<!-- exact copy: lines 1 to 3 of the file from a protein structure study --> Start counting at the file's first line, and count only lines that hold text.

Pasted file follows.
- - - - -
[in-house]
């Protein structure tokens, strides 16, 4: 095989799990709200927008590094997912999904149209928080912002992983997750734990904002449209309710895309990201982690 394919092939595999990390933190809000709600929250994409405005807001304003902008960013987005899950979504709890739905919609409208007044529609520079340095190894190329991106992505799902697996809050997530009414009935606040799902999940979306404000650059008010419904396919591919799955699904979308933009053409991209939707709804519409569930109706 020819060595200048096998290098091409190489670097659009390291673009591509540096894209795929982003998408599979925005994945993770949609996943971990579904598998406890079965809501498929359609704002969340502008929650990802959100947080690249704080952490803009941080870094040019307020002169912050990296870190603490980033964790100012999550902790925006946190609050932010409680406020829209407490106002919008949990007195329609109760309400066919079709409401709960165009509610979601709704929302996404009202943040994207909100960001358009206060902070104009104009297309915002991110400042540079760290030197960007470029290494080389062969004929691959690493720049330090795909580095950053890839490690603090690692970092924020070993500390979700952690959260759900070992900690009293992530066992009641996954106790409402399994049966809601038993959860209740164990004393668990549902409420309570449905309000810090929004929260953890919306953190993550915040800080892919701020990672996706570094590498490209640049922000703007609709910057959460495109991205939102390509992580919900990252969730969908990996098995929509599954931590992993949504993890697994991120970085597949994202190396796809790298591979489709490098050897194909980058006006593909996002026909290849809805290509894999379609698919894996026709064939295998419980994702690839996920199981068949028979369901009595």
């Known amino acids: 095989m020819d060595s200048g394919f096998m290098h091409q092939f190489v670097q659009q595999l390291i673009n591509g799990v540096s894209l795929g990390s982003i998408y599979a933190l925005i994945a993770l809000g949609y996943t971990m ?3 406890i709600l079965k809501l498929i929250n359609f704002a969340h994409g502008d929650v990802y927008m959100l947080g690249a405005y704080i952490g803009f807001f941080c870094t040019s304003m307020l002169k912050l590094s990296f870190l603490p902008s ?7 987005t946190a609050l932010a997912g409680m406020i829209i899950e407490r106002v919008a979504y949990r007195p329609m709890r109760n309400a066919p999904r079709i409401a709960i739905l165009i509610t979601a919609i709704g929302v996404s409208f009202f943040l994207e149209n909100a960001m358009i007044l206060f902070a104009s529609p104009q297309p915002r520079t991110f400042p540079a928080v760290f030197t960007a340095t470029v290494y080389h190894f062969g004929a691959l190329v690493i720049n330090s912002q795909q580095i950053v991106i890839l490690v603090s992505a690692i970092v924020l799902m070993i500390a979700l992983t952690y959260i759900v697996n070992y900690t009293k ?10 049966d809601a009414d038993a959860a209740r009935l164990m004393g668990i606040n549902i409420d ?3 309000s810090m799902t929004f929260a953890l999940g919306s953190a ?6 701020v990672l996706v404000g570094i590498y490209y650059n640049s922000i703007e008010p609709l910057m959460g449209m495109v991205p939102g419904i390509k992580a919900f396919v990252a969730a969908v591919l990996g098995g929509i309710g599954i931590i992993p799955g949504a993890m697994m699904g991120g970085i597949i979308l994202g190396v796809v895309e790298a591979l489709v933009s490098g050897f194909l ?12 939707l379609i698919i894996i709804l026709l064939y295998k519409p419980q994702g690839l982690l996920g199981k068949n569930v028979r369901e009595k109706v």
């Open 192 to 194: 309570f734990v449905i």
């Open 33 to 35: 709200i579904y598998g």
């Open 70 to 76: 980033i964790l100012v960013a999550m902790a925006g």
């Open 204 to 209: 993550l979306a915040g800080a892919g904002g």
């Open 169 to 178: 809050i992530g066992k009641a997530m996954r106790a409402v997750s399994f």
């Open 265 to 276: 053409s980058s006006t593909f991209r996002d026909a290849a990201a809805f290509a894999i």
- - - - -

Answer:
[in-house]
């Protein structure tokens, strides 16, 4: 095989799990709200927008590094997912999904149209928080912002992983997750734990904002449209309710895309990201982690 394919092939595999990390933190809000709600929250994409405005807001304003902008960013987005899950979504709890739905919609409208007044529609520079340095190894190329991106992505799902697996809050997530009414009935606040799902999940979306404000650059008010419904396919591919799955699904979308933009053409991209939707709804519409569930109706 020819060595200048096998290098091409190489670097659009390291673009591509540096894209795929982003998408599979925005994945993770949609996943971990579904598998406890079965809501498929359609704002969340502008929650990802959100947080690249704080952490803009941080870094040019307020002169912050990296870190603490980033964790100012999550902790925006946190609050932010409680406020829209407490106002919008949990007195329609109760309400066919079709409401709960165009509610979601709704929302996404009202943040994207909100960001358009206060902070104009104009297309915002991110400042540079760290030197960007470029290494080389062969004929691959690493720049330090795909580095950053890839490690603090690692970092924020070993500390979700952690959260759900070992900690009293992530066992009641996954106790409402399994049966809601038993959860209740164990004393668990549902409420309570449905309000810090929004929260953890919306953190993550915040800080892919701020990672996706570094590498490209640049922000703007609709910057959460495109991205939102390509992580919900990252969730969908990996098995929509599954931590992993949504993890697994991120970085597949994202190396796809790298591979489709490098050897194909980058006006593909996002026909290849809805290509894999379609698919894996026709064939295998419980994702690839996920199981068949028979369901009595």
């Known amino acids: 095989m020819d060595s200048g394919f096998m290098h091409q092939f190489v670097q659009q595999l390291i673009n591509g799990v540096s894209l795929g990390s982003i998408y599979a933190l925005i994945a993770l809000g949609y996943t971990m ?3 406890i709600l079965k809501l498929i929250n359609f704002a969340h994409g502008d929650v990802y927008m959100l947080g690249a405005y704080i952490g803009f807001f941080c870094t040019s304003m307020l002169k912050l590094s990296f870190l603490p902008s ?7 987005t946190a609050l932010a997912g409680m406020i829209i899950e407490r106002v919008a979504y949990r007195p329609m709890r109760n309400a066919p999904r079709i409401a709960i739905l165009i509610t979601a919609i709704g929302v996404s409208f009202f943040l994207e149209n909100a960001m358009i007044l206060f902070a104009s529609p104009q297309p915002r520079t991110f400042p540079a928080v760290f030197t960007a340095t470029v290494y080389h190894f062969g004929a691959l190329v690493i720049n330090s912002q795909q580095i950053v991106i890839l490690v603090s992505a690692i970092v924020l799902m070993i500390a979700l992983t952690y959260i759900v697996n070992y900690t009293k ?10 049966d809601a009414d038993a959860a209740r009935l164990m004393g668990i606040n549902i409420d ?3 309000s810090m799902t929004f929260a953890l999940g919306s953190a ?6 701020v990672l996706v404000g570094i590498y490209y650059n640049s922000i703007e008010p609709l910057m959460g449209m495109v991205p939102g419904i390509k992580a919900f396919v990252a969730a969908v591919l990996g098995g929509i309710g599954i931590i992993p799955g949504a993890m697994m699904g991120g970085i597949i979308l994202g190396v796809v895309e790298a591979l489709v933009s490098g050897f194909l ?12 939707l379609i698919i894996i709804l026709l064939y295998k519409p419980q994702g690839l982690l996920g199981k068949n569930v028979r369901e009595k109706v």